Obama’s plan is to build infrastructure… However that takes planning. You don’t just have people build schools, do repairs without having a plan, having contract bidding, etc… All that takes time, probably years… Furthermore, who pays for it? The problem with all this stimulus, is you are spending $$$ now on the belief future taxes will pay for it (tax increases). The stock market is forward looking, higher taxes = less spending… I believe the next 4 years will be a complete opposite of the last 4. People saving to get out of debt (holding off buying a new car, keeping the same flooring longer)…instead of spending their way into debt to buy crap…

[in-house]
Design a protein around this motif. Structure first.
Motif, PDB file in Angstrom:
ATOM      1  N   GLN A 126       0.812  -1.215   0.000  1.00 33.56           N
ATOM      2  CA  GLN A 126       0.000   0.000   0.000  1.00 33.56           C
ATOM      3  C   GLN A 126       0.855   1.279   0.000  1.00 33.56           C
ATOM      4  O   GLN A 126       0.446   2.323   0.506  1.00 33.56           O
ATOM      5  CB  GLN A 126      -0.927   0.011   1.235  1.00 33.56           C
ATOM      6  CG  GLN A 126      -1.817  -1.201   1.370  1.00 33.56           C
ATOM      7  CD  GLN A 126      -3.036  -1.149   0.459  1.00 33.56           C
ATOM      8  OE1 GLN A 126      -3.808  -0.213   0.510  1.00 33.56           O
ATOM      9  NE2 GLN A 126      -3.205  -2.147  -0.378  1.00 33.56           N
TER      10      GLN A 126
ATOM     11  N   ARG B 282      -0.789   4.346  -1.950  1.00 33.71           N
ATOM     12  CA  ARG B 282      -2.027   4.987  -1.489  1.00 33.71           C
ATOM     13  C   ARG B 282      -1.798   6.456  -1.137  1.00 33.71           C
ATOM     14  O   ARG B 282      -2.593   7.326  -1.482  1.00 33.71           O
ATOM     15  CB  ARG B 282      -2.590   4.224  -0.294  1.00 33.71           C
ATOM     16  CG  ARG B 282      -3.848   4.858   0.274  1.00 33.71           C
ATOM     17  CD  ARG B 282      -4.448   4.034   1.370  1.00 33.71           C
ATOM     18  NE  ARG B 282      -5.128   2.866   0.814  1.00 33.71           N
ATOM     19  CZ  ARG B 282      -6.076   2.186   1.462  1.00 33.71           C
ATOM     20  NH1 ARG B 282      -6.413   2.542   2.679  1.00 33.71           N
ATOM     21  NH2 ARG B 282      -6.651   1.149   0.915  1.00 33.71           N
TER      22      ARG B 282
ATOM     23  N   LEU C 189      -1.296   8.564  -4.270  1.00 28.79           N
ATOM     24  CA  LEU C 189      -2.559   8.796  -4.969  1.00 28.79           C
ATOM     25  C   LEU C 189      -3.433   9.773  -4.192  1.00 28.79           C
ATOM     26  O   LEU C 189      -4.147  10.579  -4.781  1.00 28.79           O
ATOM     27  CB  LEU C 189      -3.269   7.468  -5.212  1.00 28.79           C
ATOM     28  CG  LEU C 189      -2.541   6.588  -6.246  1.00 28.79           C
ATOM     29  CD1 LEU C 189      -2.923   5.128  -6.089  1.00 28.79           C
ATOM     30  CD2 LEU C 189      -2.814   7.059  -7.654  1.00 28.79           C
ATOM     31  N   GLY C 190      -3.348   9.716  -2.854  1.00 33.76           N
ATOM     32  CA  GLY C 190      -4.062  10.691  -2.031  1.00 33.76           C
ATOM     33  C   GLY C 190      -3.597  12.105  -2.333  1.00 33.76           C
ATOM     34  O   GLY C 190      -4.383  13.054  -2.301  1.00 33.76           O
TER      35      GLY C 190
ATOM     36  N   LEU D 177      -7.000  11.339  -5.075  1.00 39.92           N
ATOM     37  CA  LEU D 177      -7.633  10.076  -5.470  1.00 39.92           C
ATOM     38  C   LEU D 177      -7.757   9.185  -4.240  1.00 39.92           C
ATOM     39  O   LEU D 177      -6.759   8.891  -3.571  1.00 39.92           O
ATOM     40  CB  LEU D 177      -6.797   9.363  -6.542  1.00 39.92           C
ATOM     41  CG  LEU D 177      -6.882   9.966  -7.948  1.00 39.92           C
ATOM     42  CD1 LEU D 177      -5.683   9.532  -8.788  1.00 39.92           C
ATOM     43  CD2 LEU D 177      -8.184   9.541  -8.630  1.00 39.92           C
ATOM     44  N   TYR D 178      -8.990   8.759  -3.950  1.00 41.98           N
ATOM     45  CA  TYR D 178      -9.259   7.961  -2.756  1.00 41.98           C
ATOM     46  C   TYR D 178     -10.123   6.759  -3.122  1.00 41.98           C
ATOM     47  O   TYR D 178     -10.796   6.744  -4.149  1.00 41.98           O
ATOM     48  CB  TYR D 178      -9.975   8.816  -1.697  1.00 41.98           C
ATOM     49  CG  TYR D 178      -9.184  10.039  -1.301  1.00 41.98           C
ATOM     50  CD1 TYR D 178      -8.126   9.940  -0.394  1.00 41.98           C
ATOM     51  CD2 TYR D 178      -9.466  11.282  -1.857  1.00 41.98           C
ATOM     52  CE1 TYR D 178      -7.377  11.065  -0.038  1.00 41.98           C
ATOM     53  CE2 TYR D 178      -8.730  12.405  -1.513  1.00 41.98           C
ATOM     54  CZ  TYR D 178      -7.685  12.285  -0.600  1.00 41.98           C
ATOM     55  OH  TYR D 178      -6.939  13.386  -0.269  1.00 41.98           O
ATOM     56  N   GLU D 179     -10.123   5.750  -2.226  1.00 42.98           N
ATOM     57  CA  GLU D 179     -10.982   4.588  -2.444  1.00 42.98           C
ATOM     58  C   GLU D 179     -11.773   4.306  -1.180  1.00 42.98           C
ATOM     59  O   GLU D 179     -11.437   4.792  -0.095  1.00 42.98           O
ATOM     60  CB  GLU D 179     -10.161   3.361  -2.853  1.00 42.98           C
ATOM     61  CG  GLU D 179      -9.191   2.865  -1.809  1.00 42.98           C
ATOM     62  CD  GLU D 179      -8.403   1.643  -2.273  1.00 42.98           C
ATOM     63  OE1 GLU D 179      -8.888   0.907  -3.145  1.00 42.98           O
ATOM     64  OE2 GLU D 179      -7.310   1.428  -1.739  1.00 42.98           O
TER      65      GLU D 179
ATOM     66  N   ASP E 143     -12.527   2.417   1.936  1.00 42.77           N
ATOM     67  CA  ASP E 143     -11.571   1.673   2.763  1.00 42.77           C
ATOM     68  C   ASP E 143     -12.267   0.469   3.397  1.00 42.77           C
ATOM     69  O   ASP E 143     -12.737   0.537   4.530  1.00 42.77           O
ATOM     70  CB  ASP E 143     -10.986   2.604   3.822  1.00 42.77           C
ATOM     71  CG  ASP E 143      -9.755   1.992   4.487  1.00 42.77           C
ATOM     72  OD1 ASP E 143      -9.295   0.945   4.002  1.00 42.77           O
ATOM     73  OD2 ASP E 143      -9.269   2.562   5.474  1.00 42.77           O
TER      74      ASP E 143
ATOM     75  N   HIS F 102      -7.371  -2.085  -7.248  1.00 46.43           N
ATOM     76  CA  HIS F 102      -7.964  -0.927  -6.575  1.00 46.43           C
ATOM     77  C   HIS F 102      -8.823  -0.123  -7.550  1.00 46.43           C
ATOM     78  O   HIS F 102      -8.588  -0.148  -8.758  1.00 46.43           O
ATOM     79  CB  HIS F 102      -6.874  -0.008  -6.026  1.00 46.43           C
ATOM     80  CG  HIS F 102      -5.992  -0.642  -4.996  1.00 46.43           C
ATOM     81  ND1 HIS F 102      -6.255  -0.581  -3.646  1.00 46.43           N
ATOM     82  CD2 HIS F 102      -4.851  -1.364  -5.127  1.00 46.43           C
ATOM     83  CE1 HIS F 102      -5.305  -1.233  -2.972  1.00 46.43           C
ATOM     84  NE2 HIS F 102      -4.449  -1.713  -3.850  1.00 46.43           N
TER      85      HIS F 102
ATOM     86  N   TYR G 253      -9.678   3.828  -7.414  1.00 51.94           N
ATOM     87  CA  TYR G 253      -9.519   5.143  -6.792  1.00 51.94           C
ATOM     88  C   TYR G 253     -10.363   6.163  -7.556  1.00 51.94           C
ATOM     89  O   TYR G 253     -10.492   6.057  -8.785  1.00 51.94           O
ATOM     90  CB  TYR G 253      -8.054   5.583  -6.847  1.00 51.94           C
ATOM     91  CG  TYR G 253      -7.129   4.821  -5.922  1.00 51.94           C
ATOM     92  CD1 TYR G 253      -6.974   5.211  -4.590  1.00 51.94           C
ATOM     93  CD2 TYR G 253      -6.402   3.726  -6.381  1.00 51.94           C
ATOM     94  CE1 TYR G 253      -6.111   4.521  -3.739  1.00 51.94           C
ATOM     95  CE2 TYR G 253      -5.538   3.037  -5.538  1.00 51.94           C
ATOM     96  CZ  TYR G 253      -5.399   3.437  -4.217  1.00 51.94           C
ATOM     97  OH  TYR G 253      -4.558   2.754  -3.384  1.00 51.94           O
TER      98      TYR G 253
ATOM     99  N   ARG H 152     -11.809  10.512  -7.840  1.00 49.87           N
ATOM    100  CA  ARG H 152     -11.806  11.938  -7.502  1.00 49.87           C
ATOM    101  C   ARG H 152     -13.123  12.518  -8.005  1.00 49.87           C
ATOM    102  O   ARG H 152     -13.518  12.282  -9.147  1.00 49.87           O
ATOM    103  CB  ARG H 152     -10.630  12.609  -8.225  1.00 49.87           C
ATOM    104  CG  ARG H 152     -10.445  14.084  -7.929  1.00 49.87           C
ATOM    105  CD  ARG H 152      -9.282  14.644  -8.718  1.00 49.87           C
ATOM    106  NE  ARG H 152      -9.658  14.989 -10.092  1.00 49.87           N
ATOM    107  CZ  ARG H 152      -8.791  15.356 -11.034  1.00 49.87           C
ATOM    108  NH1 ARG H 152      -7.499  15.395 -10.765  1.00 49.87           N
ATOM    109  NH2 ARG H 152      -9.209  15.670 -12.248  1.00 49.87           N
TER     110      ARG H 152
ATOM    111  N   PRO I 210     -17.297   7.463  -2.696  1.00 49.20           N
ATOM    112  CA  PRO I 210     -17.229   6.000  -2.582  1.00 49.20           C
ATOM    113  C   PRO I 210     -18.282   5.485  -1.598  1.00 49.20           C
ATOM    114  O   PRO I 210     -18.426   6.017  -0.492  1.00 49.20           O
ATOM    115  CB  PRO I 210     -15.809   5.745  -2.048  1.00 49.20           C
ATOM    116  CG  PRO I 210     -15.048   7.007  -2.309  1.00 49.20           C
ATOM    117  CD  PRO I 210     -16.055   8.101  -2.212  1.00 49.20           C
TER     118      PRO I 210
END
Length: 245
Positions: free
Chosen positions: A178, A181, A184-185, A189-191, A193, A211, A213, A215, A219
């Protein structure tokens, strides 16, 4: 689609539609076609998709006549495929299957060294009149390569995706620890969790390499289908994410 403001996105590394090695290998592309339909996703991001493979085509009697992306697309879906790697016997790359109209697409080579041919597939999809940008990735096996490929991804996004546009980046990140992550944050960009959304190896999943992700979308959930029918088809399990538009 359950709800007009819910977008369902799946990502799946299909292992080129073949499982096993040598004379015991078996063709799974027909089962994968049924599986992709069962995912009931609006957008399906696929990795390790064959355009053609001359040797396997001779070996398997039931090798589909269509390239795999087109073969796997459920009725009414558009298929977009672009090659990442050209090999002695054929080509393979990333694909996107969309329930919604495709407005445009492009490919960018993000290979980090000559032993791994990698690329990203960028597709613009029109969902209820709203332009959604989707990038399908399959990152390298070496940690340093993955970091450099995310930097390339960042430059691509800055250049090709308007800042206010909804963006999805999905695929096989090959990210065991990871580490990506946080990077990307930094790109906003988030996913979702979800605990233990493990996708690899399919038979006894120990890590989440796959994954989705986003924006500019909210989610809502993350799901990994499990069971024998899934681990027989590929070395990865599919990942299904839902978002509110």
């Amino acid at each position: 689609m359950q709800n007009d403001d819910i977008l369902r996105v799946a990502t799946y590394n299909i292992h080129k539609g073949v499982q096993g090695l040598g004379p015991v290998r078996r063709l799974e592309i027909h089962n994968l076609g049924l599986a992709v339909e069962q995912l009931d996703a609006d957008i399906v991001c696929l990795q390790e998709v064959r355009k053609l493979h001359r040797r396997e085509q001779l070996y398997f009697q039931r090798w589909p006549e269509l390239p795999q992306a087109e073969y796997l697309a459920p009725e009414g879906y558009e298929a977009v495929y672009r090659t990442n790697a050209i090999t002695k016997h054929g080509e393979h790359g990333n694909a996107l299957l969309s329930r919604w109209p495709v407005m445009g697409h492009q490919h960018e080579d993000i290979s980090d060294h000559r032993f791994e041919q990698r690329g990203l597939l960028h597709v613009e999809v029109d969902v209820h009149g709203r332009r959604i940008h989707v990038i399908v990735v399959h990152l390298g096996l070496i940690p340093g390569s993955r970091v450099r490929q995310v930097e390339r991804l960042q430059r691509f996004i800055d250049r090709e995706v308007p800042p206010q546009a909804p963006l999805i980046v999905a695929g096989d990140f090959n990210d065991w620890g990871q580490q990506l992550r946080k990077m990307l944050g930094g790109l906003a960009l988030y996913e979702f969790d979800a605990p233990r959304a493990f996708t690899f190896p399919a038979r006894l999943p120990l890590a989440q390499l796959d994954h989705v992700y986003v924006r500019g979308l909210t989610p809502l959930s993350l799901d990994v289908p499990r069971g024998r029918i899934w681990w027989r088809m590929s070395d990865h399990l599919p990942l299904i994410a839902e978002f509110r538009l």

I think we will print money to finance this stimulus. If so, one fourth of it will be borne by the foreigners. The risk though is that the Chinese and/or Japanese may start selling the T-bonds. But then we can point a gun at them to prevent them from doing so.
I agree that infrastructure improvement should be a major focus of the coming years. But as you have pointed out, this will not have an immediate impact on the economy in even the medium term. It takes years–decades in many cases–to concoct the plans for infrastructure. I’m not sure why this is even considered a legitimate idea for economic stiumulus.
This should be named “Rightwing Thread of Stupidity”. There is a perfect positive correlation between the two.